Jordanna Matlon sociology, culture, peripheries.

In Brooklyn, gentrification wipes out pigeons and chickens to make room for cats and dogs

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Via theguardian.com
(via bitch-media)
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bitch-media:

Nevada Assemblywoman Lucy Flores is running to become the first Latina Lieutenant Governor of her state.  She’s no billionaire’s wife, no Ivy League prodigy, no daughter of some ruling-class family from Latin America.  Lucy Flores grew up poor in a family of 13 children. A daughter of immigrants, she dropped out of high school, got involved in gangs and spent time incarcerated. She saw all her sisters become teen mothers and didn’t want that for herself. When she became pregnant at 16, she had an abortion that she doesn’t regret.

She eventually turned her life around. She went to college and later law school. Yet she doesn’t twist her success into a bootstraps narrative of a self-made woman. Instead, she acknowledges all the support she got along the way.  She bears witness to the fact that it was the chance generosity of individuals, and not a reliable safety net in our society that made the difference. Her own lived experience becomes the basis of her progressive agenda for social change.

Lucy Flores defies the politics of respectability. She’s single, childless, honest about her sexual past, and fierce in her advocacy for poor and marginalized people.  She takes bold stands on immigration, education, and domestic violence. Her experience makes her an effective advocate, but it also makes her a new kind of role model for Latina women.  Like Justice Sonia Sotomayor before her, we are watching a smart, single, childless Latina rise from poverty to political authority.  But Flores’ background not only includes the “humble beginnings” of poverty, but the stigmatizing experiences that can accompany poverty, like jail, dropping out, and unplanned pregnancy. 

Read more of Aya de Leon’s article about Lucy Flores on Bitch Media

(via notime4yourshit)

14 African Nations Being Forced By France to Pay Taxes for the ‘Benefits’ of Colonialism

(via takeprideinyourheritage)
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takeprideinyourheritage:

Fourteen nations listed below are in agreement to deposit 65 percent of all foreign currency reserves in a shared reserve fund to France. The countries established the Monetary and Economic Union of West Africa. Their currency, the CFA-Franc, is printed under supervision of the French National Bank in Chamaliéres, France.

Christof Lehmann wrote for nsnbc.me in 2012, “France is indebting and enslaving Africans by means of Africa’s own wealth; for example: 12.0000 billion invested at three percent creates 360 billion in interests which France grants as credits to Africa at an interest rate of five to six percent or more. The allegory of ‘Bleeding Africa and Feeding France’ is no exaggeration, not alarmist, and not revolutionary.”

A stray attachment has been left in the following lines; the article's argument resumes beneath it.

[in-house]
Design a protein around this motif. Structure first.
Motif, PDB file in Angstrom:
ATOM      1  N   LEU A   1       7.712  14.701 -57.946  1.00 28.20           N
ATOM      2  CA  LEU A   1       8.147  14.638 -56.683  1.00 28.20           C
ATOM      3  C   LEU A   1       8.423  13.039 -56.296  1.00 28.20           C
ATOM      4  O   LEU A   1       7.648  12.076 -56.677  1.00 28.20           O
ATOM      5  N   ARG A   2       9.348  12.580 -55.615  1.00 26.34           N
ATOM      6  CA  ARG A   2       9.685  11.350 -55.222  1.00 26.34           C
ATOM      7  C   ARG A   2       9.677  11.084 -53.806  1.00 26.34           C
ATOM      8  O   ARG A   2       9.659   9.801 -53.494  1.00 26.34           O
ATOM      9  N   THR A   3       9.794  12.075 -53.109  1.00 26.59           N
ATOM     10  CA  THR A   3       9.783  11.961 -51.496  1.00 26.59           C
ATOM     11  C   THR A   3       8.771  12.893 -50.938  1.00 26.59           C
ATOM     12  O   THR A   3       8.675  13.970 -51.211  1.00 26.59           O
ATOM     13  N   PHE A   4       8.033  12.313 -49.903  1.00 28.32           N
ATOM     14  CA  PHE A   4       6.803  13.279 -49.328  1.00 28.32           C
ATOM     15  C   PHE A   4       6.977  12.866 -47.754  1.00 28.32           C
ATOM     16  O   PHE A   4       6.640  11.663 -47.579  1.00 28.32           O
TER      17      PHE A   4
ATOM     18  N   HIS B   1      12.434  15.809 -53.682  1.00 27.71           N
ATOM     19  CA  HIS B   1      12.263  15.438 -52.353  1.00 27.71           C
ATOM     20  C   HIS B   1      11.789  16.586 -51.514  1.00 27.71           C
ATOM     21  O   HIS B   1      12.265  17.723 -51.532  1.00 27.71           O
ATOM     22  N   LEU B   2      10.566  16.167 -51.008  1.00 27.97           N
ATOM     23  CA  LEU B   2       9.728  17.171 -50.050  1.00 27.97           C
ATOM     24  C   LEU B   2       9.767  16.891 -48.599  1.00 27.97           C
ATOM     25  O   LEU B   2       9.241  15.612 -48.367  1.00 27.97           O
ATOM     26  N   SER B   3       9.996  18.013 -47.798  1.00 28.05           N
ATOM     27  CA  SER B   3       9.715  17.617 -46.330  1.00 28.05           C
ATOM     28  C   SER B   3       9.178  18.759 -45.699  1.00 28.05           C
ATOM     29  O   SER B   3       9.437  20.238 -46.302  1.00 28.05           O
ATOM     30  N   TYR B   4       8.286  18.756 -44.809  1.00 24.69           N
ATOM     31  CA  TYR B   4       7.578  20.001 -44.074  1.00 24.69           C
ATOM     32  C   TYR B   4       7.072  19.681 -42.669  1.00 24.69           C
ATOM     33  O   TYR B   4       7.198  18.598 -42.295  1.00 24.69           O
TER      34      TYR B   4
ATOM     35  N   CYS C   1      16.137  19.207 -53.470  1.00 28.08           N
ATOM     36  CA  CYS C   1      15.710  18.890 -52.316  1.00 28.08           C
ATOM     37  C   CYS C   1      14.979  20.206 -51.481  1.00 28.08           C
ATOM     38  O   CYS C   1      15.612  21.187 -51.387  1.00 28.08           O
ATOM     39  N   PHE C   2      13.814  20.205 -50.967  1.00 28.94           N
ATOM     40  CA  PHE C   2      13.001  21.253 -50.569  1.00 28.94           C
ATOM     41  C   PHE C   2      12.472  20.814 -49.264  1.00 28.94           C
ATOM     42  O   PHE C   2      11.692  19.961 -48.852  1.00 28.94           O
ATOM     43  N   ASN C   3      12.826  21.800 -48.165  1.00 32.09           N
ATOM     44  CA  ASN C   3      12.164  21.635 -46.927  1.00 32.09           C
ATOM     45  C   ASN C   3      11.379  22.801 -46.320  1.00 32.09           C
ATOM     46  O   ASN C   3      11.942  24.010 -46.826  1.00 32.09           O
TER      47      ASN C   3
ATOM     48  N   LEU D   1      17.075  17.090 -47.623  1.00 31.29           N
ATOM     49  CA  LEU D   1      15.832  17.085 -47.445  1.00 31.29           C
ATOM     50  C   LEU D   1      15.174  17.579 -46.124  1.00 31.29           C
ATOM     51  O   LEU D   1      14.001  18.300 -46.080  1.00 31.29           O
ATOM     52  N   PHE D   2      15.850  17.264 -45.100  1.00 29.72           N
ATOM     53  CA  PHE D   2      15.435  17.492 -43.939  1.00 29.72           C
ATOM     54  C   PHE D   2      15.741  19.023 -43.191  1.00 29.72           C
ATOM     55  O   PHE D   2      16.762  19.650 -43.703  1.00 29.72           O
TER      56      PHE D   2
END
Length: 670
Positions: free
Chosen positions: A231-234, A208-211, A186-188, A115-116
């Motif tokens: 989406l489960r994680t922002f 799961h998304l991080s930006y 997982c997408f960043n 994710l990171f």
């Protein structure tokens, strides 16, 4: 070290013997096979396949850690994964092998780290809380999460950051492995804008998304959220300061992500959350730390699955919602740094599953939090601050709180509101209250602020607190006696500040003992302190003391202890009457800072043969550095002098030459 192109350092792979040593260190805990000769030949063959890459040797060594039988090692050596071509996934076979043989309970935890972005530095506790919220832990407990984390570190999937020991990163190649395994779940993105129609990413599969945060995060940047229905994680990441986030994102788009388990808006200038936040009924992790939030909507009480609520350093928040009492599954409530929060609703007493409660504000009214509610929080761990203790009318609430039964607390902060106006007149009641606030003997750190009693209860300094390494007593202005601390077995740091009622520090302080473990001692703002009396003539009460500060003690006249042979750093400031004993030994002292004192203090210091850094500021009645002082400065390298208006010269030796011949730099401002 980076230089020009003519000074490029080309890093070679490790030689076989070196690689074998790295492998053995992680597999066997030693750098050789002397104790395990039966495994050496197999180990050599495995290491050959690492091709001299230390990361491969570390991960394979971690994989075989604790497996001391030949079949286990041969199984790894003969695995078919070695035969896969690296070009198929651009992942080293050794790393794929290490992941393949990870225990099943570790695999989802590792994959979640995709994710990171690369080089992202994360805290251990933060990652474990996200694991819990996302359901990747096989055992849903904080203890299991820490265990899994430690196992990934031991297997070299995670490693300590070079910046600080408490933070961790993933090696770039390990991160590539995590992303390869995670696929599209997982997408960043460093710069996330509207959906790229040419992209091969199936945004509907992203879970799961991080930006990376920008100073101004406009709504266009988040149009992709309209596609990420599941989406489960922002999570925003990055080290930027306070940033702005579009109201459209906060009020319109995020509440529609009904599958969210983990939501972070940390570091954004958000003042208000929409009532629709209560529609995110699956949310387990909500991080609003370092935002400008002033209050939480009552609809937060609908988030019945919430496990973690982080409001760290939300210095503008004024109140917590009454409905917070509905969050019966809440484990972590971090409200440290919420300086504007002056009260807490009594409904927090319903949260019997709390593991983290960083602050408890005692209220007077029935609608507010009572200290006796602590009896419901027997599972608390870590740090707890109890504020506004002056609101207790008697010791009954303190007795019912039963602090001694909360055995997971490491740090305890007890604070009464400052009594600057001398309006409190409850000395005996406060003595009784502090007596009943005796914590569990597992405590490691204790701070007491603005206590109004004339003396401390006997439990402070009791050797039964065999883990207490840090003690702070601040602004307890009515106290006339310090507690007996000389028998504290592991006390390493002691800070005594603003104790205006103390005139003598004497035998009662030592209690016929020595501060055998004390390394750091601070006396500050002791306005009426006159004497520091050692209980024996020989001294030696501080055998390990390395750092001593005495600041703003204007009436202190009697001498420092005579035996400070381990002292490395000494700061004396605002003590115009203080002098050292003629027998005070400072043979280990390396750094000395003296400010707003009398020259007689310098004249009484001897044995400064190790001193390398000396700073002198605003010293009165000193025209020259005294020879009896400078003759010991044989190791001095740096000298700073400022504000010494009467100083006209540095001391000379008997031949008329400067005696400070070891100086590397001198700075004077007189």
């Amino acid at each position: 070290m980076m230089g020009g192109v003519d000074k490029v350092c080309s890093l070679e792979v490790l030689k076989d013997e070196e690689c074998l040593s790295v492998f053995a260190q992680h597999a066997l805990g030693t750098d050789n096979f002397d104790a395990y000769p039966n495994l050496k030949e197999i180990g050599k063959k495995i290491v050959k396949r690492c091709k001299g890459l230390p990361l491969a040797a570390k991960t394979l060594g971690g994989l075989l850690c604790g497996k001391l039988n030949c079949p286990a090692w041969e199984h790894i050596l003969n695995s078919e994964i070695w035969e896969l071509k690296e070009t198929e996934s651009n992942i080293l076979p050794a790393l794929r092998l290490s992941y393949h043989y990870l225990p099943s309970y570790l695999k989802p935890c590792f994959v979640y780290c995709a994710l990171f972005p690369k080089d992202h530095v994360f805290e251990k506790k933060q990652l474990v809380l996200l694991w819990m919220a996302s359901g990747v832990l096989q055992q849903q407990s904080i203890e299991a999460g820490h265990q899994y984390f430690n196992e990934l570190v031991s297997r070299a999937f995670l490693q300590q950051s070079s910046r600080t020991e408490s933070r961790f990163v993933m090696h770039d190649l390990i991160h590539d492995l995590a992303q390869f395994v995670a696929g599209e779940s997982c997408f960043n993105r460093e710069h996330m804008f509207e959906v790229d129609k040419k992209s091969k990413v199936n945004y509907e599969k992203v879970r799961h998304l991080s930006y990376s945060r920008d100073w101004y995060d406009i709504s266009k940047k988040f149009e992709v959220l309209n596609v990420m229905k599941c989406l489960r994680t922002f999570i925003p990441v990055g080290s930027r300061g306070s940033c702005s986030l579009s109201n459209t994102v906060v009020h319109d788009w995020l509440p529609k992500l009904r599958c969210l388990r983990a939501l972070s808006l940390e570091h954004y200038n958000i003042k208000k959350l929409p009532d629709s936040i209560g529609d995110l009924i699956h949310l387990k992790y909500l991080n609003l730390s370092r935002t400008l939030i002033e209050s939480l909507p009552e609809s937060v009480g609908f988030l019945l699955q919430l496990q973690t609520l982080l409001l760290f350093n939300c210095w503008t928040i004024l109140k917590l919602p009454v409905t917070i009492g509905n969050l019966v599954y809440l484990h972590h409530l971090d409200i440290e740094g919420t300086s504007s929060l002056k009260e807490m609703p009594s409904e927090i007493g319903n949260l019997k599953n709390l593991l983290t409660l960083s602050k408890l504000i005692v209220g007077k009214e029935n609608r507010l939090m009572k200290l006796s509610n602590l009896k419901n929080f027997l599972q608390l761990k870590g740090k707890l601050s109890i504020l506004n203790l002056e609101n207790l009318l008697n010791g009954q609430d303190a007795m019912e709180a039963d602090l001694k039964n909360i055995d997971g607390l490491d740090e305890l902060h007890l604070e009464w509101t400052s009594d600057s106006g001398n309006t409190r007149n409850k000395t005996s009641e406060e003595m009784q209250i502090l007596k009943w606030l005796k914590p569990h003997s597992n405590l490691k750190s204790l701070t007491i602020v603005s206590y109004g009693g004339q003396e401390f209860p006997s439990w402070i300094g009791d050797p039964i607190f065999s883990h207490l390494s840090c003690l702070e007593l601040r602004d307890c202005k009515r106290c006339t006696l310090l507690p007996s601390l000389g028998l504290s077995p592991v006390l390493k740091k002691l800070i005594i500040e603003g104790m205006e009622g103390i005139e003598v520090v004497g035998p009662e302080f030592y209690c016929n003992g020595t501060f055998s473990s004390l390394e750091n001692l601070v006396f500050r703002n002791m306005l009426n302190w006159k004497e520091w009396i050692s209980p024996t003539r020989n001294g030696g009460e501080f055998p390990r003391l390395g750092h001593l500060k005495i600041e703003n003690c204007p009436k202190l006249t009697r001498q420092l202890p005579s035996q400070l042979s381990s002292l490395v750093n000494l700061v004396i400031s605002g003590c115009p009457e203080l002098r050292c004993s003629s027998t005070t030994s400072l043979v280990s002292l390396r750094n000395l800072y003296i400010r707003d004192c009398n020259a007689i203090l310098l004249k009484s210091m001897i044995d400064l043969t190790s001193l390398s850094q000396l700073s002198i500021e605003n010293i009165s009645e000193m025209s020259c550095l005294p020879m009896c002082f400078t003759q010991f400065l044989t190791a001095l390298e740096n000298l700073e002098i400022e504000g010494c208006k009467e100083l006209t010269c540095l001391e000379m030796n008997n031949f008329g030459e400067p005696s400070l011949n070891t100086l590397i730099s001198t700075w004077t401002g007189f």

All numbers below according to the World Bank…..

(via intellectuellenoire)

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Via atlantablackstar.com

Steven Salaita: U. of I. destroyed my career

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Via chicagotribune.com

Neoliberal Freedom

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Thoughtful opinion piece by Paul Verhaeghe on Neoliberal freedoms:
Our society constantly proclaims that anyone can make it if they just try hard enough, all the while reinforcing privilege and putting increasing pressure on its overstretched and exhausted citizens. An increasing number of people fail, feeling humiliated, guilty and ashamed. We are forever told that we are freer to choose the course of our lives than ever before, but the freedom to choose outside the success narrative is limited. Furthermore, those who fail are deemed to be losers or scroungers, taking advantage of our social security system.
A neoliberal meritocracy would have us believe that success depends on individual effort and talents, meaning responsibility lies entirely with the individual and authorities should give people as much freedom as possible to achieve this goal. For those who believe in the fairytale of unrestricted choice, self-government and self-management are the pre-eminent political messages, especially if they appear to promise freedom. Along with the idea of the perfectible individual, the freedom we perceive ourselves as having in the west is the greatest untruth of this day and age.
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Via theguardian.com

Entrepreneurs and consumers: complicit masculinity on the African urban periphery - African Centre for Cities

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Until mid-November, I’m going to be a Visiting Scholar at the University of Cape Town’s African Centre for Cities. If you’re around on October 8th, please join me for my seminar, ‘Entrepreneurs and consumers: complicit masculinity on the African urban periphery’. Here is the abstract:

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Via africancentreforcities.net